“As Mills provided false information to the committee,” wrote Judge Calabrese, “Mr. Brack highlighted each falsehood for Ms. Platten, who did not provide that information at the hearing. Her failure to do so prompted Mr. Brack to criticize Mills in response to direct questions from the chair of the committee who wanted to hear from someone with first-hand knowledge of jail staffing issues.”

Attempting to silence a whistleblower

The judge noted that Platten even tried to silence Nurse Brack during the hearing itself and that her lawyers omitted that fact from their filing. In an interview with the FBI during the investigation into Mill’s mismanagement, Nurse Brack said that as he spoke to the council, Platten kept interrupting him and writing notes to him, “real big for me to stop talking [be]cause she didn’t want me to say things...She put her hand down on the podium to get my attention to not say anything more. She didn’t want me to keep talking.”

The judge wrote that lawyers for the county and MetroHealth officials “cherry pick statements from Mr. Brack’s interview with the FBI to try to cobble together a basis for sanctions” against Mr. Chandra. “In fact, their broader context shows,” Judge Calabrese wrote, that lawyers for Boutros, Platten and Budish “take these statements in isolation to try to change their meaning.” The judge then catalogued examples. Those lawyers made arguments they knew to be false and selective, in bad faith, to harass and increase the costs of litigation for Mr. Chandra and his firm—exactly the same unsuccessful claims they made against Mr. Chandra himself.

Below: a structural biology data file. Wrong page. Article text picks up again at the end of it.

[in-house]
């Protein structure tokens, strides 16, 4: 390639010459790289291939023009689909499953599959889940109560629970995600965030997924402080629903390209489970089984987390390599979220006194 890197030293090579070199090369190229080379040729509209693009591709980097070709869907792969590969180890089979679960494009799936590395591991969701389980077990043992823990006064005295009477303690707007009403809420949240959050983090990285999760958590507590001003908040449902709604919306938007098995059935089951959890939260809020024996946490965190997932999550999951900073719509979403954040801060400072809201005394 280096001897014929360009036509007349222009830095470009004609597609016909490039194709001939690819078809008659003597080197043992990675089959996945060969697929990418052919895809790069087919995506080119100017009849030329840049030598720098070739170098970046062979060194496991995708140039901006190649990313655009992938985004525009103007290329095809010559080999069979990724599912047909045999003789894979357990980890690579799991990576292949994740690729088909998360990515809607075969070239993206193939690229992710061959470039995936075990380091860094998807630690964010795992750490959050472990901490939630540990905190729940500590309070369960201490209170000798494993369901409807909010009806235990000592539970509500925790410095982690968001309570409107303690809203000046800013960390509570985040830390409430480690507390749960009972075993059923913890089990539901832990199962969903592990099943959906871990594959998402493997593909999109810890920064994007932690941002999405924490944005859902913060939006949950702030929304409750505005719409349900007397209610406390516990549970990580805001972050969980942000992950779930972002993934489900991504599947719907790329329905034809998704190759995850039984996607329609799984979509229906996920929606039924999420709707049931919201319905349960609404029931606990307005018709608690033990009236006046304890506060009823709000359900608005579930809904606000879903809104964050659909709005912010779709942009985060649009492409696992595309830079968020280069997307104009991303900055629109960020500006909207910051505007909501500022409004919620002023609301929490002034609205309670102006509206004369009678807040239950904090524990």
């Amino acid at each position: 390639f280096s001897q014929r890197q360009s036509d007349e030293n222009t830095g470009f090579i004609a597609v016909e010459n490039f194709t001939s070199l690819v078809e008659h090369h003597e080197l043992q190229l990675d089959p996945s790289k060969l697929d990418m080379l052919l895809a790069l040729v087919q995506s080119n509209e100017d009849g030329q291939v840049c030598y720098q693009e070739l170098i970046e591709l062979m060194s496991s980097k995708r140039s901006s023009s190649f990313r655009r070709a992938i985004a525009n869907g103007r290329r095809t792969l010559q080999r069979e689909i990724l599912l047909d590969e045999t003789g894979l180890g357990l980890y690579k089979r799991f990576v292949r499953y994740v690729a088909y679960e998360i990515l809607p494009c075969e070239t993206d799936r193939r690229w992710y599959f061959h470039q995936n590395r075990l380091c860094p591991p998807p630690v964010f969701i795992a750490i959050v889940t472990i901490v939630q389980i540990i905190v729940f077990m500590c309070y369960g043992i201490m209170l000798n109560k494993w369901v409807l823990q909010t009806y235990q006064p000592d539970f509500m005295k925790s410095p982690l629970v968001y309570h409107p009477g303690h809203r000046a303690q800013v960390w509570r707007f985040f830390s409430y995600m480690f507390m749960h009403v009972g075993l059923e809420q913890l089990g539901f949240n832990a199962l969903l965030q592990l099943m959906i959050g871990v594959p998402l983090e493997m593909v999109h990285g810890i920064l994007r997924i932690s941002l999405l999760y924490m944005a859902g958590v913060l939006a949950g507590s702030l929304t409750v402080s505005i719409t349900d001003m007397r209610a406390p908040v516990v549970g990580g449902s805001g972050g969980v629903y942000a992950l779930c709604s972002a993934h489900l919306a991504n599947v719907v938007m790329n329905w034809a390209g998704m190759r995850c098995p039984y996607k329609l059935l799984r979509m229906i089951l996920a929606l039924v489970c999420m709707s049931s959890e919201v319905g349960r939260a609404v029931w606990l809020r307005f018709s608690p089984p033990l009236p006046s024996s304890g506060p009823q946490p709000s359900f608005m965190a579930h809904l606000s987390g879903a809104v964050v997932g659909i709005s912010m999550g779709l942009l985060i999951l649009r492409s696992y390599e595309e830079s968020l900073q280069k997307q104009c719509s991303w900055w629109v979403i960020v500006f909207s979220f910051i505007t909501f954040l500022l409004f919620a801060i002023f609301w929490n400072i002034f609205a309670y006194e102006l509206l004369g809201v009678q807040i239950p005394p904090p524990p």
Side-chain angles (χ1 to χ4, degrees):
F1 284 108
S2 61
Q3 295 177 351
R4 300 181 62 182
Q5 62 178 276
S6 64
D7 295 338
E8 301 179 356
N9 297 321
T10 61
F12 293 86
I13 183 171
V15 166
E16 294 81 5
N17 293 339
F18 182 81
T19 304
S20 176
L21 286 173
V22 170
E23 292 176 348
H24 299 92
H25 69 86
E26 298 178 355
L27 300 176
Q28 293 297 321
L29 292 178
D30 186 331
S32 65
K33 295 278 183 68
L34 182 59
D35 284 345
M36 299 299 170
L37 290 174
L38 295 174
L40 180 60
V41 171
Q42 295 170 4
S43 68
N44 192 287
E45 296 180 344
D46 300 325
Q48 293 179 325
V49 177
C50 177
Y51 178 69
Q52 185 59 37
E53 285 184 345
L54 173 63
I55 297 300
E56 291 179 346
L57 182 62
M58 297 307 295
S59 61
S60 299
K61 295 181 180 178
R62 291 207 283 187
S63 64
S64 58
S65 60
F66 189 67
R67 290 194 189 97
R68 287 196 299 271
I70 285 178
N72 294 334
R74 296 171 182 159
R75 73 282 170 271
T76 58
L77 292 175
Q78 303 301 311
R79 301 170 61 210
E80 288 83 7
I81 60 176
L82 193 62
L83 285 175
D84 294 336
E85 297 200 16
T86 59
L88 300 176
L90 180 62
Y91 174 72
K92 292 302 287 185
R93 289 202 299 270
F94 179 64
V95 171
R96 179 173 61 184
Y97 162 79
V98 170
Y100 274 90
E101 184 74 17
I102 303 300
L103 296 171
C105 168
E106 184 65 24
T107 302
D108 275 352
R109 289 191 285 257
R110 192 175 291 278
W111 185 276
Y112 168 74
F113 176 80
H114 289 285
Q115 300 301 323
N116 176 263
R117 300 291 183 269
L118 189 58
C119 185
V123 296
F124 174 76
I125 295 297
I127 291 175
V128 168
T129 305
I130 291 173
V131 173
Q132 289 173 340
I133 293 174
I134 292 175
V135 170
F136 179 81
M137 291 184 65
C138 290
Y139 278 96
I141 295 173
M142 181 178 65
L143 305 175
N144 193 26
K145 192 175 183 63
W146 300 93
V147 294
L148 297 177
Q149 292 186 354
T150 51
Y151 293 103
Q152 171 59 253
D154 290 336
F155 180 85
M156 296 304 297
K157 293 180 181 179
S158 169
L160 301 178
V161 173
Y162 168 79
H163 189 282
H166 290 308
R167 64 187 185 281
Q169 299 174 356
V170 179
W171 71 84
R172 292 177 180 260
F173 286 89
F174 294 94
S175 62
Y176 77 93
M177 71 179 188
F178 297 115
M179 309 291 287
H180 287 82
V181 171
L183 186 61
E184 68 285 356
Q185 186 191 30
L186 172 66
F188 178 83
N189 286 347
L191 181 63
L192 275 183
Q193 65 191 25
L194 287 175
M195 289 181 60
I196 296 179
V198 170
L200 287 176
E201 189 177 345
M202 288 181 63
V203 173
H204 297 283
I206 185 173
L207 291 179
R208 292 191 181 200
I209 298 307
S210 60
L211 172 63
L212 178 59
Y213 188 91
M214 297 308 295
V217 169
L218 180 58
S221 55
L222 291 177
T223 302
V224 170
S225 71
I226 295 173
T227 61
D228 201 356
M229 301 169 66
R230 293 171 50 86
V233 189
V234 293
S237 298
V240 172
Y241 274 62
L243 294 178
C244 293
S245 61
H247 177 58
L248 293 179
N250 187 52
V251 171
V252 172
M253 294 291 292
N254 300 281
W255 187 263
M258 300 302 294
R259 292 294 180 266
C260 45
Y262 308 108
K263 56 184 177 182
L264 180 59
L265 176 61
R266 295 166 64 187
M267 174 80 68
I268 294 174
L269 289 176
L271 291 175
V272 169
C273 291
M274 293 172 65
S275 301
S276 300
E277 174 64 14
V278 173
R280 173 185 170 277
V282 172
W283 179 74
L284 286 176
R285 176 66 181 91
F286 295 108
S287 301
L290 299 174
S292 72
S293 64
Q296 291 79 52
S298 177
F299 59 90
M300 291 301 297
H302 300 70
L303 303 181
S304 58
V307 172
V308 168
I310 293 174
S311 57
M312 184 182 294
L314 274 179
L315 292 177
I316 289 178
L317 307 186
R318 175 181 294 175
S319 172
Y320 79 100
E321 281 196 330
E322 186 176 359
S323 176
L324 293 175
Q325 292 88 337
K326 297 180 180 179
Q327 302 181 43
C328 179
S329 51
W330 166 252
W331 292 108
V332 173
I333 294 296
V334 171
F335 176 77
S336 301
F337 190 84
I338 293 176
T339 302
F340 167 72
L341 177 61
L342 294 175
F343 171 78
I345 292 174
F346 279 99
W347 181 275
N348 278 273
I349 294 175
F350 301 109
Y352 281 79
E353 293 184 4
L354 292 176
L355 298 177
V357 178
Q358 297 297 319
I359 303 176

“Aggressively” representing a client

In his opinion, Judge Calabrese repeatedly found that attorney Chandra had “aggressively” and properly represented his client Brack’s interests in seeking justice for his firing for speaking truthfully about the dire conditions at the jail. While there was ample evidence in the record for a court to weigh whether Brack had been improperly fired for protected speech, wrote Judge Calabrese, there was no evidence that Chandra did not have a good-faith belief for Brack’s case: “In fact, the record demonstrates—and the Court finds—that the facts available, based on Mr. Chandra’s pre-suit investigation and during the pleading stage provide a good-faith basis for the claims asserted, factually and legally.”